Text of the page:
Early in history, natural salts were collected from evaporated bodies of water. The sun would cause shallow pools of water to evaporate, leaving a layer of salt crystals behind. People could then easily scrape off these crystals and collect the salt.

Salt was once worth so much, that it was used as a trading item. In fact, the world ‘salary’ is actually derived from the word salt. It was an extremely valuable commodity, and because there were restrictions on the production of salt, it was used as a form of currency. This had a large influence on how civilizations developed. Small towns would settle near popular salt routes, making it easier for travelers to transport salt throughout the area.  Not only is salt useful for preservation and culinary purposes, but it has also been used to treat wounds, tan leather, and dye fabrics. It’s then no wonder than once upon a time, Roman soldiers were once paid in salt!

Humans have been using salt for thousands of years. Long before the time of modern food processing and refrigeration, salt was primarily used for food preservation. Salt prevents the growth of certain bacteria, which stops food from going bad and making people sick. It also reduces the moisture level of foods, making it possible to store food for a longer time. Just imagine how much longer salt-cured meat will stay edible compared to fresh piece.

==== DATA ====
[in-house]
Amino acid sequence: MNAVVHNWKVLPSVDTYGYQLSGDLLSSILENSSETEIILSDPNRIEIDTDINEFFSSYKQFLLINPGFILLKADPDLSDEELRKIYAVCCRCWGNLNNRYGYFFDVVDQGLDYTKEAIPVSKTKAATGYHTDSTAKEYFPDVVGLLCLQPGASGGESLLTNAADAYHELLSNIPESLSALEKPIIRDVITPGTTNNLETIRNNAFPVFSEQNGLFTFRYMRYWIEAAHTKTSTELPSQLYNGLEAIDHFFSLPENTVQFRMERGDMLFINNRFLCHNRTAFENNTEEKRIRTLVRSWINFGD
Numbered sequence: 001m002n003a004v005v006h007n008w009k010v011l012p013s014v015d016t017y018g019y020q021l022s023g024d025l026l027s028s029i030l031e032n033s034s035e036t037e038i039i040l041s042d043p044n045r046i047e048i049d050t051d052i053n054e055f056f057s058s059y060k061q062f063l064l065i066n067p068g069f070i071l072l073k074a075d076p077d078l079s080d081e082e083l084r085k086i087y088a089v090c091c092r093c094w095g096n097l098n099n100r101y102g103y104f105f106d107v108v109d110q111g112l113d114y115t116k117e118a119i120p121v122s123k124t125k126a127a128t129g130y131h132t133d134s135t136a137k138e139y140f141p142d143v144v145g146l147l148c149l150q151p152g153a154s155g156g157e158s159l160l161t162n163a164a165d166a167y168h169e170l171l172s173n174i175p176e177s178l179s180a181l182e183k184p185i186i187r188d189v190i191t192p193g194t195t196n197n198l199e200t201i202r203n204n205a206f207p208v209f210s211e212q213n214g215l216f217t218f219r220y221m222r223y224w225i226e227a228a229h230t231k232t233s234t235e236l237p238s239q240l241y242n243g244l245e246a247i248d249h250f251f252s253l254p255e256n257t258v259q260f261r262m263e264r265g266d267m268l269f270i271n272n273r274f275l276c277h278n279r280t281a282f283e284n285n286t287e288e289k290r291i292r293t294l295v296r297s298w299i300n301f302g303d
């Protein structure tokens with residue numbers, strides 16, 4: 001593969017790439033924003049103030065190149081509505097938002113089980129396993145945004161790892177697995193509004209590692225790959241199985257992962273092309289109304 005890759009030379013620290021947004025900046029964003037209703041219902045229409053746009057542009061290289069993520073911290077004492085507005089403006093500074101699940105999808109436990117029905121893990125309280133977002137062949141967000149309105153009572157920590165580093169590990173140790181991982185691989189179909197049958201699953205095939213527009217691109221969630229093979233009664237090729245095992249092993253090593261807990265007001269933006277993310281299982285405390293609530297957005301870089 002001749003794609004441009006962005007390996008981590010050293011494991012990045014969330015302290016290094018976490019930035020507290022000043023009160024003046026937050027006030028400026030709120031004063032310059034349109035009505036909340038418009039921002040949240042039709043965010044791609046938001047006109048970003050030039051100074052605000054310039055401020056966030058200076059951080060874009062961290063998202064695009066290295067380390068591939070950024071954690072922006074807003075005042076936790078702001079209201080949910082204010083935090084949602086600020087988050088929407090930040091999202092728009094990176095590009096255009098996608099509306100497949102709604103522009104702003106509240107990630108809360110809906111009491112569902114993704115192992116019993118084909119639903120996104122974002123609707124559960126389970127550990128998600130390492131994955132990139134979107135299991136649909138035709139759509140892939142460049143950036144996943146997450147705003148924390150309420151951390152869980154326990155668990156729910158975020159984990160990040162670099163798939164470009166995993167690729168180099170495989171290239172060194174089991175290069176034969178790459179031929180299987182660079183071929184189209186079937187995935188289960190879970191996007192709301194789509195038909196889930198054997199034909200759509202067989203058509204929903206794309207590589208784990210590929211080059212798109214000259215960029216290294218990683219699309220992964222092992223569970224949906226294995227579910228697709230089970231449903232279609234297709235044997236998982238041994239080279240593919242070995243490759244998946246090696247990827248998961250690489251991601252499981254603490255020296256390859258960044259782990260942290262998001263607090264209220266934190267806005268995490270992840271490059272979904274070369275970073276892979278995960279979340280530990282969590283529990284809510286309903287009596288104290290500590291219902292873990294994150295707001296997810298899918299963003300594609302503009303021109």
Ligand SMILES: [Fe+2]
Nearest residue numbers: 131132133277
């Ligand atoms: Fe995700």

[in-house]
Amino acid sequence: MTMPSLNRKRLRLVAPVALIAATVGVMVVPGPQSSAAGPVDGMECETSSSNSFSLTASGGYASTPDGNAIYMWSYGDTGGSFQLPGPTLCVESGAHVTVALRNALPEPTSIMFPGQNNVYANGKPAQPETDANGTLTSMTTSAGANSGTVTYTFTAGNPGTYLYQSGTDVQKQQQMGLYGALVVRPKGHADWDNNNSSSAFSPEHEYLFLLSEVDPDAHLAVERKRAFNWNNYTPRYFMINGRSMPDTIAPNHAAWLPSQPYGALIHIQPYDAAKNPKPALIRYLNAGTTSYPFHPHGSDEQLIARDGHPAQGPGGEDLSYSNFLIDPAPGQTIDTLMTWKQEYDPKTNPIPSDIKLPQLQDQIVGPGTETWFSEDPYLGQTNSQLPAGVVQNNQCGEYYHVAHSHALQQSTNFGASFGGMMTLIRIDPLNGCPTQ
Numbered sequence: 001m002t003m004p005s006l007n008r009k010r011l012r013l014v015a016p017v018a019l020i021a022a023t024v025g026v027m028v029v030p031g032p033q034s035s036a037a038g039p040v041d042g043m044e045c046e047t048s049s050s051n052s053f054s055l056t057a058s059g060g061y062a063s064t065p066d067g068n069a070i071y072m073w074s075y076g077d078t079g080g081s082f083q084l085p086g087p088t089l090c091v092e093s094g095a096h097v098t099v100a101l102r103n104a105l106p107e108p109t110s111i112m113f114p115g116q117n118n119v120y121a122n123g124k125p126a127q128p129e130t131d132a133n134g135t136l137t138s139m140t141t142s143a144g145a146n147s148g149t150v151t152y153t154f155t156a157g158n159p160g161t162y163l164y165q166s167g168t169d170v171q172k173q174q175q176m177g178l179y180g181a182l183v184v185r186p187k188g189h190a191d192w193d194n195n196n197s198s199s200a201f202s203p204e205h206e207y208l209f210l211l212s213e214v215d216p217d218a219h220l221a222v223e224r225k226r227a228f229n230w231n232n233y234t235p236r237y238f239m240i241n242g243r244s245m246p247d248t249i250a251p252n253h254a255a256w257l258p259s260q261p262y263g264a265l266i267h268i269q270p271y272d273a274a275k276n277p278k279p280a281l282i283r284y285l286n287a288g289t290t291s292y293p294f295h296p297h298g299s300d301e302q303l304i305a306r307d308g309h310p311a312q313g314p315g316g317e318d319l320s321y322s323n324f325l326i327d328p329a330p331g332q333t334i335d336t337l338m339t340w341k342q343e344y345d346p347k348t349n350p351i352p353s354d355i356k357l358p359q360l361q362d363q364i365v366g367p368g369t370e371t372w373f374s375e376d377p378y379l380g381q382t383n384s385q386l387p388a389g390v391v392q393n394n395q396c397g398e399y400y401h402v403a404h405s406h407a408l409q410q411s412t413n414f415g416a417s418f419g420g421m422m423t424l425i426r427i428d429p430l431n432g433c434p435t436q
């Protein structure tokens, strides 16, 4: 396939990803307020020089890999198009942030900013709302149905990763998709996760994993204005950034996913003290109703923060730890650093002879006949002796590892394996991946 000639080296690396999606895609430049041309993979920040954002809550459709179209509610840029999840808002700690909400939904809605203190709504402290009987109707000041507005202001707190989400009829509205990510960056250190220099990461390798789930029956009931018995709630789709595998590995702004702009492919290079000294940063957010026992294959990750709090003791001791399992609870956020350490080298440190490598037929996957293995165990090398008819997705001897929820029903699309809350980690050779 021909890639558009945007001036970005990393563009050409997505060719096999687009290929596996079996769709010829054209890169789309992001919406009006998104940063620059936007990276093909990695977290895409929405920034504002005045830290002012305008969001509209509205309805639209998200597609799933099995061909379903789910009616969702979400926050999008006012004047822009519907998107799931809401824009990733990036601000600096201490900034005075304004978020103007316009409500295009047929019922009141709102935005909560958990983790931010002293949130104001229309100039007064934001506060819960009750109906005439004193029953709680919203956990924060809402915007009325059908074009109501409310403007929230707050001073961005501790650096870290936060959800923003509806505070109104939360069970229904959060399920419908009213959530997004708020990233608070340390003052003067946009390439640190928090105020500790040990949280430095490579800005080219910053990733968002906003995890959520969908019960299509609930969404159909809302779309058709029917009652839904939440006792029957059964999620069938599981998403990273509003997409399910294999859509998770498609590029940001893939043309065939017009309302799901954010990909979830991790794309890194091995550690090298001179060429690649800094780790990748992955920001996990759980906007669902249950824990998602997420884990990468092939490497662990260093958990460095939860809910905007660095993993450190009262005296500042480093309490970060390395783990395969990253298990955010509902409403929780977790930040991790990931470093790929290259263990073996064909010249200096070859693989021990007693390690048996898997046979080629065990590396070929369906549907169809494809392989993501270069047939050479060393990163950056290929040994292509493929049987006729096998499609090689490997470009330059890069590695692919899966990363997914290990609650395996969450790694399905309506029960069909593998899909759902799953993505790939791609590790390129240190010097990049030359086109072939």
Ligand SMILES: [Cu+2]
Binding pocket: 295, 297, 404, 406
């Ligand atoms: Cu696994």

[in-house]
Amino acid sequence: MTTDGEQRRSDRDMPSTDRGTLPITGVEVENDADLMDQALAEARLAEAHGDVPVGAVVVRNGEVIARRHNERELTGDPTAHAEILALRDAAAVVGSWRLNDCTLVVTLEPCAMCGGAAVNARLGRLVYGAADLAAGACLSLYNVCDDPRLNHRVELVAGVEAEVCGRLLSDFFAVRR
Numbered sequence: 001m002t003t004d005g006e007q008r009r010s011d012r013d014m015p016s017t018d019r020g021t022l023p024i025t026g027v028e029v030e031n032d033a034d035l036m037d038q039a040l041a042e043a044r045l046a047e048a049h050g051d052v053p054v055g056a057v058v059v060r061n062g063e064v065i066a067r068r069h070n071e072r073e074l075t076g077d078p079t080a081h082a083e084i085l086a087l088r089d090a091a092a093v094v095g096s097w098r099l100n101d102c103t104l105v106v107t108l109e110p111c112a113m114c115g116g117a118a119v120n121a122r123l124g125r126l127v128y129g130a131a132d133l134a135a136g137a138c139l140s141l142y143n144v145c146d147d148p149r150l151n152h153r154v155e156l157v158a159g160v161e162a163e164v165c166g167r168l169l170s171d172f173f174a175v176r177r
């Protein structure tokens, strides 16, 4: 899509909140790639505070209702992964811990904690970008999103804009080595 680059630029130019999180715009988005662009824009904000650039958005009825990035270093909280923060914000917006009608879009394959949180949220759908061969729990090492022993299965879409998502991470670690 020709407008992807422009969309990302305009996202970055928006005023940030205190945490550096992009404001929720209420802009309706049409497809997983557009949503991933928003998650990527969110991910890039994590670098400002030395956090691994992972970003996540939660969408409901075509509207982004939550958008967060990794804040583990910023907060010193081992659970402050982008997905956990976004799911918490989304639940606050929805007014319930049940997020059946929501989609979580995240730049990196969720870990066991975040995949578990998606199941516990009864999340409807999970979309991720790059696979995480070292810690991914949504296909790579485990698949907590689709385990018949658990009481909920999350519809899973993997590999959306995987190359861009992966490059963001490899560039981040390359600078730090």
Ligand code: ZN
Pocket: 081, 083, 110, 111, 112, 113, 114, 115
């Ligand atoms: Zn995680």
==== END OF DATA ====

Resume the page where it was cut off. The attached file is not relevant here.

Salt does more than just flavor your food. It plays a functional role too. When used in bread, it helps to strengthen the gluten, giving your bread better elasticity. It also stops the fermentation process, which will prevent the bread from rising too much.

Salt (sodium chloride) is actually essential for the human body. We need it for a healthy heart, and it also regulates blood fluids. This is why it’s dangerous if you drink too much water. It dilutes the salts in your body so much that the sodium levels fall to dangerously low levels. But too much salt is also not a good thing. It can raise your blood pressure, putting more strain on your heart and kidneys.

Who knew these white granules had so much history behind it?